There was a buzz in the auditorium before Stefan Sagmeister’s talk. He is the most internationally well-known of the speakers and, for a lot of people in the typography and graphic design worlds, something of a hero. He was engaging and honest and his comments drew a lot of attention on Twitter. However, his current personal project is going slower than anticipated and therefore he had little new material to show. As much as I enjoyed his talk, most of the material was already very familiar to anyone who has seen his excellent TED talks on design and happiness in 2004 and 2008.
Kayt Jones is a fashion photographer responsible for some of the most iconic images of the last decade. She was very apologetic about her presentation skills, quite shy and unfortunately spoke for a little too long. However, her story is compelling, she was really honest about the impact that getting married and having children had on her work and she revealed a lot about he she works with models to create the images she does.
Unfortunately, I missed the presentations by Anomaly (yet another advertising agency) and Industrial Light and Magic, because of a prior commitment to speak at RadioDada (more on that in the next blogpost). But, I did rush back to catch the Lane Crawford Live Panel talk about the state of art and design in Hong Kong.
I kind of wish I hadn’t bothered. It was a strong panel (Stanley Wong, Douglas Young, Rain Li, Simon Birch and Danielle Huthart), but they were reigned in by the moderator and the discussion never got past the old cliches about the government not doing enough, Hong Kongers still suffering from colonialism and the pervasiveness of market capitalism.
I think this kind of panel does Hong Kong a disservice. Sure we can criticise things like the West Kowloon Cultural Development (in fact, I came home and reread my 2009 comments on that project). But, we need a more substantial conversation, specific to each field, in order to really do something to improve things.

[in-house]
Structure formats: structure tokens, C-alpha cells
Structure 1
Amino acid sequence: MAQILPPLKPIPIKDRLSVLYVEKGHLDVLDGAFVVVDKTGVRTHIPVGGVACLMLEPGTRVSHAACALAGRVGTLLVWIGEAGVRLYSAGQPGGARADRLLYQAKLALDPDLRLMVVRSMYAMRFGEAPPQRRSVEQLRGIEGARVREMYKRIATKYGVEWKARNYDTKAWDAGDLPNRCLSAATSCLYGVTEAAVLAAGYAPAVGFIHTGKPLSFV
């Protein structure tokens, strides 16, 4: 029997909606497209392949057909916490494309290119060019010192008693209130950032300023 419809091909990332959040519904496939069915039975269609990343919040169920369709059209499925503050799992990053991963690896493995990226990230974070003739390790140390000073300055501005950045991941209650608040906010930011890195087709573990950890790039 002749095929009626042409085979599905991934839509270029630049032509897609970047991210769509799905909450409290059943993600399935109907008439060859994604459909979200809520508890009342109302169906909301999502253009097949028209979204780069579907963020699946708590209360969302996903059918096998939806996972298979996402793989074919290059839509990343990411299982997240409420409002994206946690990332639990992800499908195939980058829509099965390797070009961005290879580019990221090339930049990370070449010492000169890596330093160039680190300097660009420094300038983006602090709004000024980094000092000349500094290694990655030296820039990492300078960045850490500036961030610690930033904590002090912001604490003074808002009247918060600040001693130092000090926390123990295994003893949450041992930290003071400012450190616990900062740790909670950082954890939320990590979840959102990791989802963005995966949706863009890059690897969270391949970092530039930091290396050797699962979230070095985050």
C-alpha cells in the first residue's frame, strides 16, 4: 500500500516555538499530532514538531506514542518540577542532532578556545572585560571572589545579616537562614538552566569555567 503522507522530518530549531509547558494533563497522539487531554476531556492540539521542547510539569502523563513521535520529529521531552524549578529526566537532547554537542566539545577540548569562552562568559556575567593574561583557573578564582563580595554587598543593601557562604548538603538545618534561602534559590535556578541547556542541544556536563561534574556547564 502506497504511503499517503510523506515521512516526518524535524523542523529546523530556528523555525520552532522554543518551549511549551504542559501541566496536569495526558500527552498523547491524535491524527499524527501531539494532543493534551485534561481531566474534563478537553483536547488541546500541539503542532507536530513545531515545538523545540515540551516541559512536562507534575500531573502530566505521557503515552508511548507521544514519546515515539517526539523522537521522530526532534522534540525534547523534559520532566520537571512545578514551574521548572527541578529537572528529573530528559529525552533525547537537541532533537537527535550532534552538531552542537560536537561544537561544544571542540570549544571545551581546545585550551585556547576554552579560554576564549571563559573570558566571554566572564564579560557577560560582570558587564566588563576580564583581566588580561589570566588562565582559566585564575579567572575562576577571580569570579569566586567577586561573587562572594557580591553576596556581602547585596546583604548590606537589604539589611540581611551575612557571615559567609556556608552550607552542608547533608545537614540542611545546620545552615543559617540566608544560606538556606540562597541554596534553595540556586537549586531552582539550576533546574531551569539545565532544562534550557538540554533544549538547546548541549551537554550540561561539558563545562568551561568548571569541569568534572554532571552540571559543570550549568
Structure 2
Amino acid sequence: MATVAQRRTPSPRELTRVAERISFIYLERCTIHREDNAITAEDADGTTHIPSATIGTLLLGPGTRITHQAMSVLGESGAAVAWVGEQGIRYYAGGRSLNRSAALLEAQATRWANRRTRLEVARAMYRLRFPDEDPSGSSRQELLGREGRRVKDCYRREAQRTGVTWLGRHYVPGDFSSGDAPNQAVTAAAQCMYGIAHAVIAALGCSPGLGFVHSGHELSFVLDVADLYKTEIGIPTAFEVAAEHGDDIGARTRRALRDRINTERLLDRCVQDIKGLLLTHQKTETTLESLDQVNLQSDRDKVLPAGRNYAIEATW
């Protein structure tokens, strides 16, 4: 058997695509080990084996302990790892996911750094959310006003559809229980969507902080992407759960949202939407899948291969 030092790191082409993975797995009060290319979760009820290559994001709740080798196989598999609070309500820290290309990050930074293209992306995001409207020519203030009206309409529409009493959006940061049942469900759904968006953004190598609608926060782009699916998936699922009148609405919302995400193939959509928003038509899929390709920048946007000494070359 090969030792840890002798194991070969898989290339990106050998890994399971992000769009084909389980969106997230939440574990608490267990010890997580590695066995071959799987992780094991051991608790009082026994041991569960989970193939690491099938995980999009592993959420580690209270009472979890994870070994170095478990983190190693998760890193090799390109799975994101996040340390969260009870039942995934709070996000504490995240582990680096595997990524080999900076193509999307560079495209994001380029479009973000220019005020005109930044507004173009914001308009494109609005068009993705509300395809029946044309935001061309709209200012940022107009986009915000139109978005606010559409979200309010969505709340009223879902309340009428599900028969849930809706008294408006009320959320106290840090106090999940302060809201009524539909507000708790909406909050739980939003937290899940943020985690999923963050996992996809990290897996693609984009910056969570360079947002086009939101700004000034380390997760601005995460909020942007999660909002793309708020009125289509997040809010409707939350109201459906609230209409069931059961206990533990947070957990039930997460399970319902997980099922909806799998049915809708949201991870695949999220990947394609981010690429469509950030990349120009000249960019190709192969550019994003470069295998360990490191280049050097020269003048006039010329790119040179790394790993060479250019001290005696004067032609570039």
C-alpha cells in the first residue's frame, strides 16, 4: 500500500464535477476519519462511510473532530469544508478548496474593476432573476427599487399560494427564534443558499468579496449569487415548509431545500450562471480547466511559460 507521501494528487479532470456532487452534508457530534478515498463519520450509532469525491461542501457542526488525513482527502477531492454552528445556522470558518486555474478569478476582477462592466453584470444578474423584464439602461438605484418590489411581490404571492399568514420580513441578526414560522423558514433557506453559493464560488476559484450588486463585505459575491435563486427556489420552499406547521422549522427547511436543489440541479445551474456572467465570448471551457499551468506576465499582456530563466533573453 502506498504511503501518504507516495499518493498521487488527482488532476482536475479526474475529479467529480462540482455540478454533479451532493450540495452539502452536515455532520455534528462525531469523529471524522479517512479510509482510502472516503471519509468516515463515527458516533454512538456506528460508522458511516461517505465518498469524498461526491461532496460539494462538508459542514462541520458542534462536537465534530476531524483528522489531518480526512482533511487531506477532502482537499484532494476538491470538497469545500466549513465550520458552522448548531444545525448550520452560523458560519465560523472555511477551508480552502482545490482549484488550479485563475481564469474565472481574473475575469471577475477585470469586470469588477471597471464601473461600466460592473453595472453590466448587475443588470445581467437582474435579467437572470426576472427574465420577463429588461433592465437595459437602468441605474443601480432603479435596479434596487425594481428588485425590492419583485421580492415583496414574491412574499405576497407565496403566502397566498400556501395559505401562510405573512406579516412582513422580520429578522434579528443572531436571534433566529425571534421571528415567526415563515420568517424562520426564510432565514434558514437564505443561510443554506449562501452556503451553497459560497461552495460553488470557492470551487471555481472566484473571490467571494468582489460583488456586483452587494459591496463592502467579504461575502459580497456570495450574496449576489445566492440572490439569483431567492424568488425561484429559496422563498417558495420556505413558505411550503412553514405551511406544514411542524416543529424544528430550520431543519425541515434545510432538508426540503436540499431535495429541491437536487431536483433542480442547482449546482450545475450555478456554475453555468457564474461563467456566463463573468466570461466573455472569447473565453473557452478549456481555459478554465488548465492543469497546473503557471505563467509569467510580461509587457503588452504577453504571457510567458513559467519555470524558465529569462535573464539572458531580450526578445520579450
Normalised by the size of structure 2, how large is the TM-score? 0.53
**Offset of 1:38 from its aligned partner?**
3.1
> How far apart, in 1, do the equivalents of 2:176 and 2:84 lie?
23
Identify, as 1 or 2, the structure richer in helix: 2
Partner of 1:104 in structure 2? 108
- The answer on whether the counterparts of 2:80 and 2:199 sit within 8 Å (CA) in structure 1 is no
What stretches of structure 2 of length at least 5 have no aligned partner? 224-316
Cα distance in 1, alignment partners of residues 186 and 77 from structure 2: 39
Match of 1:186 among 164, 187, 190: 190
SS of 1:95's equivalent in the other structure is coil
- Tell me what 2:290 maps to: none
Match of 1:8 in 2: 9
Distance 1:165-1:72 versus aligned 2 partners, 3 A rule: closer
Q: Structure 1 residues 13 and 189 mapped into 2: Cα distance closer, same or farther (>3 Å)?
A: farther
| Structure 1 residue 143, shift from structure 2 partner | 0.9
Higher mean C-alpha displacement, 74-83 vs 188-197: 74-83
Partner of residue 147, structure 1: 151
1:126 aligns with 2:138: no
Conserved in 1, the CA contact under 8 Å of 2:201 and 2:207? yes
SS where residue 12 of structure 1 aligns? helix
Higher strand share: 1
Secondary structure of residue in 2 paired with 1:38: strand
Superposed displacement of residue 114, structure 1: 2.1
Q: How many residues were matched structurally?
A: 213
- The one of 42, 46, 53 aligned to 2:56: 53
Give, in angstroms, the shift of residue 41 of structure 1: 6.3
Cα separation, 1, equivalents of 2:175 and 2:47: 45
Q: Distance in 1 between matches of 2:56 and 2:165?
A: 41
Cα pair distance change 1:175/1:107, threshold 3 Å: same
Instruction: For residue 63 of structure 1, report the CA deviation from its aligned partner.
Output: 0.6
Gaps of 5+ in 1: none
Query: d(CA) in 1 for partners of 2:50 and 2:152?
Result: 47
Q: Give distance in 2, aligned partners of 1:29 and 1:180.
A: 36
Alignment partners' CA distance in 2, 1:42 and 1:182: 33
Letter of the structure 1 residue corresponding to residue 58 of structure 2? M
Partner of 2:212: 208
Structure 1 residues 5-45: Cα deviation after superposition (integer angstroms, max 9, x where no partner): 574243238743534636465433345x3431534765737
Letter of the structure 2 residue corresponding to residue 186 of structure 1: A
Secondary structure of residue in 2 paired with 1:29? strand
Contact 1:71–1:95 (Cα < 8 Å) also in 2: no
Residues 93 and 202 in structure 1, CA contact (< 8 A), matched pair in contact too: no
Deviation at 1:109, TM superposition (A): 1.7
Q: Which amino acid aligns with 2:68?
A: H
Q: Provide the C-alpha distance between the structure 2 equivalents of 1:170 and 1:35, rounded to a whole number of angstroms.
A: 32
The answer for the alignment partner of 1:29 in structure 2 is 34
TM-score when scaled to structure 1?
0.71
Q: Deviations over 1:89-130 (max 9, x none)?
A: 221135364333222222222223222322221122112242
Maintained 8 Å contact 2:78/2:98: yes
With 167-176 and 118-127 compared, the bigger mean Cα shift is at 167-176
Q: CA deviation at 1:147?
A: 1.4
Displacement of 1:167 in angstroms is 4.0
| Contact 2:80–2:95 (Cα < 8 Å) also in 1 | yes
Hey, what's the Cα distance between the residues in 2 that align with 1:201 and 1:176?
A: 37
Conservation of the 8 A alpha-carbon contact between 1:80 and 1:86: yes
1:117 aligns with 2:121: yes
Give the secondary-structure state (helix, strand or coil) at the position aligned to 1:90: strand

And, that points to what I found frustrating about Semi-Permanent. Sure, it was cool to hear this cross-section of brilliant speakers and talk to some of them. But, there was also a kind of superficiality that permeated the two days.
The venue certainly didn’t help. The Hong Kong Convention Centre is a cavernous building, well suited to trade shows. But, with vast walkways and few decent eateries near the room we had, it didn’t lend itself to meeting people and carrying on conversations. It’s a shame the space was not to better use showcasing more local work.
Moreover, the breadth of topics covered meant we never went very deep into any one area. I certainly did catch a few god ideas, from Nabil, Danny Yount and Kayt Jones that I will use in my own work.
But, perhaps there is a bigger problem? “Creative” is an increasingly problematic word, when it comes to describing a class of people, or a mindset (community and digital are similarly problematic words). In a way, it is easy to be superficial when we hide behind a label like “creative.”
All the people we saw on stage got to where they are because their work has been evaluated by a far tougher standard than just being “creative.” On some other more fundamental level it had to work, it had to connect, it had to be awesome.
Perhaps I’m being too harsh – my current mindset is somewhat anti-conference. After all, I only went to Semi-Permanent because the retailer Lane Crawford kindly gave me a VIP pass. It was very much a last minute decision. Still, I’m not sure I would go again, even with a free ticket.
For some other perspectives on Semi-Permanent Hong Kong, check out Semi-Permanent Hong Kong 2011 from Collecticle and hong kong creative love-in at semi-permanent from Secretstylist.